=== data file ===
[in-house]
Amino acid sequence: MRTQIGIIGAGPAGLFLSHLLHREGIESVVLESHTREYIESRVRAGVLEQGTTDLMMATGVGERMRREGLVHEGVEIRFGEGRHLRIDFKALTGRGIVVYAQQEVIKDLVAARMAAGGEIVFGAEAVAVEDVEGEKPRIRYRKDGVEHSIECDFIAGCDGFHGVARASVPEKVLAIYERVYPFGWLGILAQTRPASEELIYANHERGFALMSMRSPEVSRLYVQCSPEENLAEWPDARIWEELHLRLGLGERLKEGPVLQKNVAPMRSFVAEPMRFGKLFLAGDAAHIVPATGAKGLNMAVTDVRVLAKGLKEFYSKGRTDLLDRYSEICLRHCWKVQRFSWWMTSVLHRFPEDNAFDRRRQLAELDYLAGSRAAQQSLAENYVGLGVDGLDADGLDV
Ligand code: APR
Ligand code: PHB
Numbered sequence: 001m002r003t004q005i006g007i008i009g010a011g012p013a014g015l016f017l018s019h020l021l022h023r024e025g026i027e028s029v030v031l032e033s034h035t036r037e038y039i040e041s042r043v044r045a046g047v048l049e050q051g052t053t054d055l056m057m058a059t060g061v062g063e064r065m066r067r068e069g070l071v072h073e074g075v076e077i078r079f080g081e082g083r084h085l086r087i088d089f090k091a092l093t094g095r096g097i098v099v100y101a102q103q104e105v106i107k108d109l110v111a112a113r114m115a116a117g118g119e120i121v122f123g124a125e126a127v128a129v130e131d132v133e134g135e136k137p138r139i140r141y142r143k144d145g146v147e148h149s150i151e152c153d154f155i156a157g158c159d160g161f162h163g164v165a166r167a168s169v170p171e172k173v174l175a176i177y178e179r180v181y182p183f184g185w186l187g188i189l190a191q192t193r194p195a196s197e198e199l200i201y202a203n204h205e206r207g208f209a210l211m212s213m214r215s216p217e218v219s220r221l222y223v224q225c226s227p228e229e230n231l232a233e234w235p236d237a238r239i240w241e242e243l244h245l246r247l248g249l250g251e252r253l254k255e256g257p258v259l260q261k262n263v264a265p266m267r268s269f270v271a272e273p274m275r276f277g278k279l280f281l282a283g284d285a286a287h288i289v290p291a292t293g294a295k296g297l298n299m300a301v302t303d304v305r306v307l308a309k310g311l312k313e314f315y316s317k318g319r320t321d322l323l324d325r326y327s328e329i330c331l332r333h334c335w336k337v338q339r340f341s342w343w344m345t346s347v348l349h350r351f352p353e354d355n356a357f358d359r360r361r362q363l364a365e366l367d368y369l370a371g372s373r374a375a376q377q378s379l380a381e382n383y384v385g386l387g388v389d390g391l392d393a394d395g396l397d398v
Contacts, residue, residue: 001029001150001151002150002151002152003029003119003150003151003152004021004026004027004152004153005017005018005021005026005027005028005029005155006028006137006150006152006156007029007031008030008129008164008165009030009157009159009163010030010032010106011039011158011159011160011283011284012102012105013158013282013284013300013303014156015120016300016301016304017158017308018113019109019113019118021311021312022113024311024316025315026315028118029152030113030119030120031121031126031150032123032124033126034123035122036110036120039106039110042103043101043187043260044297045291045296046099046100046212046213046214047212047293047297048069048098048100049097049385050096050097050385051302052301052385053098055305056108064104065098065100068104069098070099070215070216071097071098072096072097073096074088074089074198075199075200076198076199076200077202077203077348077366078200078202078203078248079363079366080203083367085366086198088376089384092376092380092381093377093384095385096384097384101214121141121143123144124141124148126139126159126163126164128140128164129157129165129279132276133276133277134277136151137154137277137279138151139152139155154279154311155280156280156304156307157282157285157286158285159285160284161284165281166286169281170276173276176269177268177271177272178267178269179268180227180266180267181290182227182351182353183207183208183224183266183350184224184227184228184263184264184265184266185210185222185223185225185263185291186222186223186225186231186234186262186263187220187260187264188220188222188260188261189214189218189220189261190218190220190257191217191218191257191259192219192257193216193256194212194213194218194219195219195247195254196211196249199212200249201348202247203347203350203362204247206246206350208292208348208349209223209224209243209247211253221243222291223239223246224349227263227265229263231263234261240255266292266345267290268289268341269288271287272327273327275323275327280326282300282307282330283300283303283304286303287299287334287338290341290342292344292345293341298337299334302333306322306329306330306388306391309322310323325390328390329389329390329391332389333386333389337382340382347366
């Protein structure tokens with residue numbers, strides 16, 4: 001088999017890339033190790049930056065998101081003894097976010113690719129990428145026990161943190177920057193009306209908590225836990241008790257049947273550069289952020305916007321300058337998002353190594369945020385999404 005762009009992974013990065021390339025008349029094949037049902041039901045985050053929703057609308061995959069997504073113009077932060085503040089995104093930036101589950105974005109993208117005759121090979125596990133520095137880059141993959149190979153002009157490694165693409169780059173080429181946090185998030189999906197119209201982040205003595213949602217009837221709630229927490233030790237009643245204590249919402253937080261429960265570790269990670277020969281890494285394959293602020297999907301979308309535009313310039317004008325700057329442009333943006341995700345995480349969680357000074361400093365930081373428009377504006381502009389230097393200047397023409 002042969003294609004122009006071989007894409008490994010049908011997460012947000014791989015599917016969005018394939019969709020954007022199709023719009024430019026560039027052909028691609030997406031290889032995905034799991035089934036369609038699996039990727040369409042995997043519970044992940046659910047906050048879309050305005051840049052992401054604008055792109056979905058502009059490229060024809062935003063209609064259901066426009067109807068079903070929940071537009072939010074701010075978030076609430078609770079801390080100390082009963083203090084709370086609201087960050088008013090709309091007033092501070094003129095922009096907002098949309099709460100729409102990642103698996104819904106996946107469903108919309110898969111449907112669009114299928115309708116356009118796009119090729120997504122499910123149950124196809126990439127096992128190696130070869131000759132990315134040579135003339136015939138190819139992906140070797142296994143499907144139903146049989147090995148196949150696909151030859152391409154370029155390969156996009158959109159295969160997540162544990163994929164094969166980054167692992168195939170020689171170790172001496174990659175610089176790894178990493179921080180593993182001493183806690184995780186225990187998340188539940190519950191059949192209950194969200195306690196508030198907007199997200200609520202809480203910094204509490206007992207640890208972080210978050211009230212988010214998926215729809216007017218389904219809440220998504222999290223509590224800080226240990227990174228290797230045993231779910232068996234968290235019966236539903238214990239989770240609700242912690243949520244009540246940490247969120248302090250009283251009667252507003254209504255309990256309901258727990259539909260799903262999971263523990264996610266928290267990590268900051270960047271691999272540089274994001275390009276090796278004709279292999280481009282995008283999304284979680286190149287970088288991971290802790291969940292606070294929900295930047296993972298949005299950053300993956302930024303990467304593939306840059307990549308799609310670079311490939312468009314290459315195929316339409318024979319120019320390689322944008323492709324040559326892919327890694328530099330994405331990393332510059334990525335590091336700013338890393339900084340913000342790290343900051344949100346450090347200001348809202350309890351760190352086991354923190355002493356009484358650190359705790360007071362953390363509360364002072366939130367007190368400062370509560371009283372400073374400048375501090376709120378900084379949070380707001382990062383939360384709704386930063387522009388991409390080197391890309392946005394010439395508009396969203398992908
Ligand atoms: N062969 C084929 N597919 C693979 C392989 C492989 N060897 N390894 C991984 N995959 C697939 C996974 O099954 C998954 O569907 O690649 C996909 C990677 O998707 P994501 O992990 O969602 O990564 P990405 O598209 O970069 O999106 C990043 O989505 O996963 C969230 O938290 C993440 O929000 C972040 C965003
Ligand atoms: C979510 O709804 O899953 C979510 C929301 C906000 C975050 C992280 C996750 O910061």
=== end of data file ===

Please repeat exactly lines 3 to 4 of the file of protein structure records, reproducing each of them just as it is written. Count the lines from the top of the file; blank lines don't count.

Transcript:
Ligand code: APR
Ligand code: PHB